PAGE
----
You’re watching a professional golf tournament, and a player sinks a seemingly impossible shot. The announcer might attribute it to luck, but I beg to differ. That golfer has probably worked thousands of hours to perfect that shot.
Having been in that situation, Gary Player, one of golf’s all-time greats, observed, “The harder I practice, the luckier I get.”
Luck seems to have a peculiar attachment to work. So my best advice is to work hard to develop your skills.
There are several types of luck, according to Dr. James H. Austin in his book “Chase, Chance, and Creativity.” The first is “Blind Luck,” which is like winning the lottery and requires mostly no action on your part. You simply are in the right place at the right time.
I prefer to focus on the three other kinds of “luck” where you can improve your odds, such as Dr. Austin’s second type of luck – “Motion.” Here he is referring to hard work, persistence, hustle and motion.
Or as Benjamin Franklin said, “Diligence is the mother of good luck.”
Abraham Lincoln is often quoted as saying, “Things may come to those who wait, but only the things left by those who hustle.”
Certainly, hustling can be developed and cultivated. I’ve always felt that it doesn’t take any special ability to hustle, just a deep-down burning desire to get ahead. Anything you lack in talent can be made up with desire. People who hustle never quit. They have grit. They love to practice and get better each day.
Dr. Austin’s third type of luck is “Preparation.” Luck is definitely a factor in business, but most of the successful people I know say that luck was only a small percentage of their success. A much larger percentage came from hard work and preparation.
Canadian author Malcolm Gladwell explained that it takes 10,000 hours of practice to become an expert in something. People thought “The Beatles” were an overnight success. Not true. They perfected their craft all over pubs in England.
Luck is what happens when preparation meets opportunity. And the best way to seek out opportunity is by networking – online or in person now that most of the country has opened up after Covid. Attend conferences, industry events or even community events. Volunteering is a great way to meet people. Don’t forget social media such as LinkedIn or Twitter. Bottom line is to become more sociable.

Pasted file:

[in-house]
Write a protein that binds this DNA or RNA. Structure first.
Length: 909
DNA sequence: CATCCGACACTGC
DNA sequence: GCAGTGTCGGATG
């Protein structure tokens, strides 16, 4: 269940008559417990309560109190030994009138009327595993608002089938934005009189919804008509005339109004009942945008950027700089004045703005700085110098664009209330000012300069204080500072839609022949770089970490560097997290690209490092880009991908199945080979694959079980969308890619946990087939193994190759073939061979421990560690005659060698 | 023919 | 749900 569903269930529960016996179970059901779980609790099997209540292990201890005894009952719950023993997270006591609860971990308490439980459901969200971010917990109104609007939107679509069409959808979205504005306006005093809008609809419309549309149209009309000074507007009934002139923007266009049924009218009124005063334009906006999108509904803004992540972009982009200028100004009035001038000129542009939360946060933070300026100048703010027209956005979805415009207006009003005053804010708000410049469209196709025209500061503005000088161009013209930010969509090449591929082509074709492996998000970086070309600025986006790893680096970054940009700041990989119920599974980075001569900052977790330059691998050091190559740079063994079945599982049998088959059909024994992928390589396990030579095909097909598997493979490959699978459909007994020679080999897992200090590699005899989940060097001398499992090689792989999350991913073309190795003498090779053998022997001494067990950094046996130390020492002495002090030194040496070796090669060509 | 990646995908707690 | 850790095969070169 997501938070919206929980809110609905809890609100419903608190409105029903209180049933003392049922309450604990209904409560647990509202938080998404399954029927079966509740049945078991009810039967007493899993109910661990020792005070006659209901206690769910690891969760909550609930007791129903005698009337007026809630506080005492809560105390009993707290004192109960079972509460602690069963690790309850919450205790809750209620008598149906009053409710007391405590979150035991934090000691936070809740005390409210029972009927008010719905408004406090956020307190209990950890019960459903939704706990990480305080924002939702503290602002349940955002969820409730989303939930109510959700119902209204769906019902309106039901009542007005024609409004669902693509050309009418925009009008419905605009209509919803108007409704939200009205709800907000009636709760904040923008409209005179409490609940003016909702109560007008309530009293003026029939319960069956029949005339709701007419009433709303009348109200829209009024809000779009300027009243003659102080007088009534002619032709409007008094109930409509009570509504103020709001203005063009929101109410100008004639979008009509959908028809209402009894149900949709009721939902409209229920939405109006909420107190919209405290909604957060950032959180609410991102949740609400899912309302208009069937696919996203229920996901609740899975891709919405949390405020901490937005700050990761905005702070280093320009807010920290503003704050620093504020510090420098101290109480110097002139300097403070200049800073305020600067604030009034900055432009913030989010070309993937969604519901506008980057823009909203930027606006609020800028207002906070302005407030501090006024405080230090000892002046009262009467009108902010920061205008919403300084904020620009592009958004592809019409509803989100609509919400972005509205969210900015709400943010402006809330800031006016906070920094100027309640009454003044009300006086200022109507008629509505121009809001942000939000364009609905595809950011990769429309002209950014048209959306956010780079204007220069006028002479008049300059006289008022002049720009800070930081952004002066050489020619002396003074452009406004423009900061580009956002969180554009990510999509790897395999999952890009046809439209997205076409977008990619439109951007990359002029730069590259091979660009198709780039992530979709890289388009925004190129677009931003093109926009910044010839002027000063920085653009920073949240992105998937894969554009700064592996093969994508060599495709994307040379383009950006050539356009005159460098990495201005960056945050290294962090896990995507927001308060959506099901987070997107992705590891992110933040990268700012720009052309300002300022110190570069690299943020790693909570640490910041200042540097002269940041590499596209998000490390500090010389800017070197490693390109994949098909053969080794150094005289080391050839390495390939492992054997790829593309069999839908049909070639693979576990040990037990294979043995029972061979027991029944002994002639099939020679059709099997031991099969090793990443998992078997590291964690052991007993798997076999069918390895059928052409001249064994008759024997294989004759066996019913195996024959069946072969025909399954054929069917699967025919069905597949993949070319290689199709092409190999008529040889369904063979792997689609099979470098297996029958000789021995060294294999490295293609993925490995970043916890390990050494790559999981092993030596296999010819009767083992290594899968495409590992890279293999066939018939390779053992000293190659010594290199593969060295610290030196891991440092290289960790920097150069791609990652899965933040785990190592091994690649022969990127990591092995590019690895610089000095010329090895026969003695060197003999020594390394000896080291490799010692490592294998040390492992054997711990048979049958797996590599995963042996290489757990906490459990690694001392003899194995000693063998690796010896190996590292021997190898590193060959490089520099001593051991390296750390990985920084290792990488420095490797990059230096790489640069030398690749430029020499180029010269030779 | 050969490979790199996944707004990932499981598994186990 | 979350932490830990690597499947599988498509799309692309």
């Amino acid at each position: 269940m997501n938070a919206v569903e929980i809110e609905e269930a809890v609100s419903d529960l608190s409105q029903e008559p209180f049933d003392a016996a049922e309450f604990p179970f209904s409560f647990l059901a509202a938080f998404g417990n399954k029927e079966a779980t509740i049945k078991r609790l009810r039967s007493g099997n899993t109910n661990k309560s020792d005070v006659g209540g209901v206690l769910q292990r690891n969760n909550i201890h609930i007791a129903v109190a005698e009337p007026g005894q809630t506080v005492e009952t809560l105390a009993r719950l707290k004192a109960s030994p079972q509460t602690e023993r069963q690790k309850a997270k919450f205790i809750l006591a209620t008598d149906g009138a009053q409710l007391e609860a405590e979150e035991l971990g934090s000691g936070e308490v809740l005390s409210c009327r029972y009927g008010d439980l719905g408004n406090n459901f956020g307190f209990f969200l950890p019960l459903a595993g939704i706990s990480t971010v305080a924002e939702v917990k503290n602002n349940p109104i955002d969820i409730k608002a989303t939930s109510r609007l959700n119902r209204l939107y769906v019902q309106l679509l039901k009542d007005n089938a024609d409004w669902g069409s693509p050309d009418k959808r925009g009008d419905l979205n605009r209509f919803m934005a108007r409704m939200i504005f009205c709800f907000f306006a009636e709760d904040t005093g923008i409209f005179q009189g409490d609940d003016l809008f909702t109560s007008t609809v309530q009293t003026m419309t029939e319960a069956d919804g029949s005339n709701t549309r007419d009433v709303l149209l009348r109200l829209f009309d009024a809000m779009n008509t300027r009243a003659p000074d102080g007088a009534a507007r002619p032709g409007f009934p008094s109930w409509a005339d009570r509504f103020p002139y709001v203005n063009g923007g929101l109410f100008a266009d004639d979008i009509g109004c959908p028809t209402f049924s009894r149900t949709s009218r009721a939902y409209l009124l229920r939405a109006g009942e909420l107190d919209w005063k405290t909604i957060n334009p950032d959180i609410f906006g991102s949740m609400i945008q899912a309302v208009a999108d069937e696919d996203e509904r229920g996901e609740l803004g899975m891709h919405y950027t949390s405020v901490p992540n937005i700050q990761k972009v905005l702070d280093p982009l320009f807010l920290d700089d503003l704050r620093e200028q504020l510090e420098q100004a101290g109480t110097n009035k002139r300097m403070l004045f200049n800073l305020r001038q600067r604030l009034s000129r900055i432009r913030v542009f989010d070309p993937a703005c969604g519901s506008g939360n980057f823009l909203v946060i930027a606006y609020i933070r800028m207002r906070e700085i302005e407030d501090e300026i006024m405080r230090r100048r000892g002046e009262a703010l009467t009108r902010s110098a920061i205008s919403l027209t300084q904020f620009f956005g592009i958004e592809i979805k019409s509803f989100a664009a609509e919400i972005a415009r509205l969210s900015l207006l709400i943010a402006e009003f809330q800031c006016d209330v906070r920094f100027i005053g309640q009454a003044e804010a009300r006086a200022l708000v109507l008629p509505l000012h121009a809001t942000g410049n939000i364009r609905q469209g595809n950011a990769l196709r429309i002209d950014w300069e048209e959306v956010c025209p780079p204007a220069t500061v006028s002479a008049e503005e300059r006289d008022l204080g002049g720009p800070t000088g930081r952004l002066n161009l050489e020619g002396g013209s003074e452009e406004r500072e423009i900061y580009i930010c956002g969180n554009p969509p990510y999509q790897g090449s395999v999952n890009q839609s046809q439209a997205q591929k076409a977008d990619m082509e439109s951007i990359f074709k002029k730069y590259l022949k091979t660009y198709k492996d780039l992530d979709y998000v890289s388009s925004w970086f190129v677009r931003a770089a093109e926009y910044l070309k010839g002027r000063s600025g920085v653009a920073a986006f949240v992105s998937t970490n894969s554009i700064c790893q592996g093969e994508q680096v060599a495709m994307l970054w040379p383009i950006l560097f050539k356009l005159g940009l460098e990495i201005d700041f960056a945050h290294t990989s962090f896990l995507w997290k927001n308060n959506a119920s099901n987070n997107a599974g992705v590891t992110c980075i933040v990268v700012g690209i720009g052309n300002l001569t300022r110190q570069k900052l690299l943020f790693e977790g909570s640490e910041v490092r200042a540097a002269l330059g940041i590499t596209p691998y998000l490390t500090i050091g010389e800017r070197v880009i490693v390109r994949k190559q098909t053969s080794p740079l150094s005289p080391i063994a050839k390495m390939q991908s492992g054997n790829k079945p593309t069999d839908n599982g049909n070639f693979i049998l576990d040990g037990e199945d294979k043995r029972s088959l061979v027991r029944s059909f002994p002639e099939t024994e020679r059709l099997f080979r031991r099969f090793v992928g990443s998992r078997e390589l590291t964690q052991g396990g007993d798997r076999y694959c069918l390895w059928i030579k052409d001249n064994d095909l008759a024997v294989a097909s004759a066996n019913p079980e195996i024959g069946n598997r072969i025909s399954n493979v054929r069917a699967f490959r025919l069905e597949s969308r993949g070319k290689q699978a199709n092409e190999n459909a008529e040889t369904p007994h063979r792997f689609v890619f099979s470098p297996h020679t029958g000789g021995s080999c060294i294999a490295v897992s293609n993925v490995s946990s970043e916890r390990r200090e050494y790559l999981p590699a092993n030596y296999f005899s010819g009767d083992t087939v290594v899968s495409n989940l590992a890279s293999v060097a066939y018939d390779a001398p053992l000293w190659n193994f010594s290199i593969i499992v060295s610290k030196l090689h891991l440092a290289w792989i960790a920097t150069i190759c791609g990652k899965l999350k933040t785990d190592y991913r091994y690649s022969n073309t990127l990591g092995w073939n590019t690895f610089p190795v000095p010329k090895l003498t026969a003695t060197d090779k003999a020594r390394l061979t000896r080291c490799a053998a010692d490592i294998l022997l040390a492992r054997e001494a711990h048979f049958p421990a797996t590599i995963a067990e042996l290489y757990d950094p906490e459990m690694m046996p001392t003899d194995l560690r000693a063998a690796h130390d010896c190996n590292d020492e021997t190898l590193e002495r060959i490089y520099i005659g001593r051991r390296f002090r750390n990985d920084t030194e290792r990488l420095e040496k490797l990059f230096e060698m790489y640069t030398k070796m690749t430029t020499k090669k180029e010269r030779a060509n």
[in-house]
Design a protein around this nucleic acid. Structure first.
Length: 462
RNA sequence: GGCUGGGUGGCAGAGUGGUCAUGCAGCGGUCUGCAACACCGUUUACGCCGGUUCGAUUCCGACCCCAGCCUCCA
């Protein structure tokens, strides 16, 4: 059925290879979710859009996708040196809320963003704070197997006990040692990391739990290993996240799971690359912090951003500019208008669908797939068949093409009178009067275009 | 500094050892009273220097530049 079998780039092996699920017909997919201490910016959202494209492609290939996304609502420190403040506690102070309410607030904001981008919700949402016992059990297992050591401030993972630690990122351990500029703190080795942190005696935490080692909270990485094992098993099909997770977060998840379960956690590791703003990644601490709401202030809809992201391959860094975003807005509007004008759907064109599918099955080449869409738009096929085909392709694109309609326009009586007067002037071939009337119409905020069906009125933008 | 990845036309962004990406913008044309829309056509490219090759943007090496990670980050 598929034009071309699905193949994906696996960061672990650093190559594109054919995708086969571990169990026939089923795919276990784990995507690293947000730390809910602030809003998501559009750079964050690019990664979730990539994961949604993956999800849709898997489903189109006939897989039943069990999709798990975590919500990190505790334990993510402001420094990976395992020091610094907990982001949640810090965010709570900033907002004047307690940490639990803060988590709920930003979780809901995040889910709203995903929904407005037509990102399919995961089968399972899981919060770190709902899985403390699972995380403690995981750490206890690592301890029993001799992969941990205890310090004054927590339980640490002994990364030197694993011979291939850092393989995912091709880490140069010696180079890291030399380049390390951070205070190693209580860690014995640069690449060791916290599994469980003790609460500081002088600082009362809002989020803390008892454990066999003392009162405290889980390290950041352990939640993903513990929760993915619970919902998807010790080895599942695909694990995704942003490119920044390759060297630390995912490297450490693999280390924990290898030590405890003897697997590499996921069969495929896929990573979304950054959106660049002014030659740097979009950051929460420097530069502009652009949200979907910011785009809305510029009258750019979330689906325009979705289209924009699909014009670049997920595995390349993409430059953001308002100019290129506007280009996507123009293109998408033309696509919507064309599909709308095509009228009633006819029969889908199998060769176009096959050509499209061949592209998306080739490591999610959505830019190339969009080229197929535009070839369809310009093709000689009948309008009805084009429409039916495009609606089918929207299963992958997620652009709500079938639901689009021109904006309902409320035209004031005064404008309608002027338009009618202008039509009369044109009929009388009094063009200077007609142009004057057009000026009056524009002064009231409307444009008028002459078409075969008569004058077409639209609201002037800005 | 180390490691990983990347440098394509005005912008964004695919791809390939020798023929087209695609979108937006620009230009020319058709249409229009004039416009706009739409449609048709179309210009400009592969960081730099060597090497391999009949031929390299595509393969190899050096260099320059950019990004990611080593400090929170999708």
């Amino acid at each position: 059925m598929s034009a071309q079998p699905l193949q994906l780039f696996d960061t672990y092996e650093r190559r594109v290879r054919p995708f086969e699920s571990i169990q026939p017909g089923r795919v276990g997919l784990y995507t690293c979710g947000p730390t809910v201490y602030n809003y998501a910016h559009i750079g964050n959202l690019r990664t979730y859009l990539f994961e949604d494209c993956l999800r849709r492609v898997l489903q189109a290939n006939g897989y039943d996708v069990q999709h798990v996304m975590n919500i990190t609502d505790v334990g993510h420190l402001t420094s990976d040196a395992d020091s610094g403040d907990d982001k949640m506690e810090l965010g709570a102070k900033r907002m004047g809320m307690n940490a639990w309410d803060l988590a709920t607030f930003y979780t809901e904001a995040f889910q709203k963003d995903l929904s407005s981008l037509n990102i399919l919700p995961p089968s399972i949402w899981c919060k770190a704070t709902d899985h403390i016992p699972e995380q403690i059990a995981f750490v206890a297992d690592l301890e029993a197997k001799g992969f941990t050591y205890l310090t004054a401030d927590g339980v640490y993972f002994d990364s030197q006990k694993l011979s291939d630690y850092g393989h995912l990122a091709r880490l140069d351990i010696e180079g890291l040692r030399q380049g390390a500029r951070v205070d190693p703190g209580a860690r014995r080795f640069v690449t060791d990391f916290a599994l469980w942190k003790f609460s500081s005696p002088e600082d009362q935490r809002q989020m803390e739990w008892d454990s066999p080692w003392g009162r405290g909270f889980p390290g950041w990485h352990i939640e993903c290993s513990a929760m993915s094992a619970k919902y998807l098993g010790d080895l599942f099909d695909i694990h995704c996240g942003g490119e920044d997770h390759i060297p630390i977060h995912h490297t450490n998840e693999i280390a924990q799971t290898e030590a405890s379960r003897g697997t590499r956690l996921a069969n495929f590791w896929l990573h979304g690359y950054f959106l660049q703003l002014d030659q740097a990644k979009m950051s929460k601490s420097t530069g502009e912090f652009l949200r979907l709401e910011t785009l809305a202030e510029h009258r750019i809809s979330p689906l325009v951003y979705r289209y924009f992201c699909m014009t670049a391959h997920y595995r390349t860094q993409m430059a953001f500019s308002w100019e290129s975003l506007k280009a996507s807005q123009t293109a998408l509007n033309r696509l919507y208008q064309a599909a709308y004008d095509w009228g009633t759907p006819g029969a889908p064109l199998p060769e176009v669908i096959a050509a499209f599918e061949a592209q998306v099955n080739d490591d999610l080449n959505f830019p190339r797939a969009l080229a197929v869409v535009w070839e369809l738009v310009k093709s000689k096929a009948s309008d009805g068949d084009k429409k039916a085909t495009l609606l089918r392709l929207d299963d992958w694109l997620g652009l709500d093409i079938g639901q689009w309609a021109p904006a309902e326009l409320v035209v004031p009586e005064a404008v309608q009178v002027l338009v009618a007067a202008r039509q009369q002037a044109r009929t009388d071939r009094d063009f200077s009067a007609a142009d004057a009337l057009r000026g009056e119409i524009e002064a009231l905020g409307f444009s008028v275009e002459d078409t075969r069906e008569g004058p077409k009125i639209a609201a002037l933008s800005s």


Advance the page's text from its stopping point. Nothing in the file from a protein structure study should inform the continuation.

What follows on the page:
As Woody Allen famously said, “Eighty percent of success in life is just showing up.” So to increase your luck show up in places more often.
When I speak to corporate audiences, I say our lives basically change in three ways – the books we read, the people we meet and the places we travel to. It’s nice to hear speakers, but trust me, the person on your left, right, behind you and in front of you are way more important over a period of time in building your network. You never know when you will come across that opportunity that can change your life.
One such example of this is Joseph Pulitzer, the famous reporter, newspaper owner, congressman and namesake of the Pulitzer Prize. When he arrived in the United States from Hungary at age 17, he had no money and no job prospects. However, one day when playing chess at a local library in St. Louis, he met the editor of a local German-language newspaper who gave him his first job. The rest is history.
The last type of luck identified by Dr. Austin is “Luck Unique to You.” This is all about cultivating satisfied customers who are willing to recommend you and building a reputation for excellence. All it takes is one career-changing customer, and there you have your luck.
Return on Luck (ROL) is a concept developed by Jim Collins in his book, “Great by Choice: Uncertainty, Chaos, and Luck.” His research showed that great companies were not generally luckier than average companies, rather great companies got a higher ROL by staying focused on core values and processes.
If luck was just a hit-or-miss proposition, every organization would be on an even footing. But I firmly believe you make your own luck. Wishing doesn’t make it so. The most complete business plan doesn’t make it happen – unless you carefully execute that plan and make adjustments as necessary. Sure, you might get a break or two, but that won’t sustain your success. Good luck always starts with you.
Mackay’s Moral: The harder I work the luckier I get.
Seven-time, New York Times best-selling author of "Swim With The Sharks Without Being Eaten Alive," with two books among the top 15 inspirational business books of all time, according to the New York Times. He is one of America’s most popular and entertaining business speakers, and currently serves as Chairman at the MackayMitchell Envelope Company, one of the nation’s major envelope manufacturers, producing 25 million envelopes a day.
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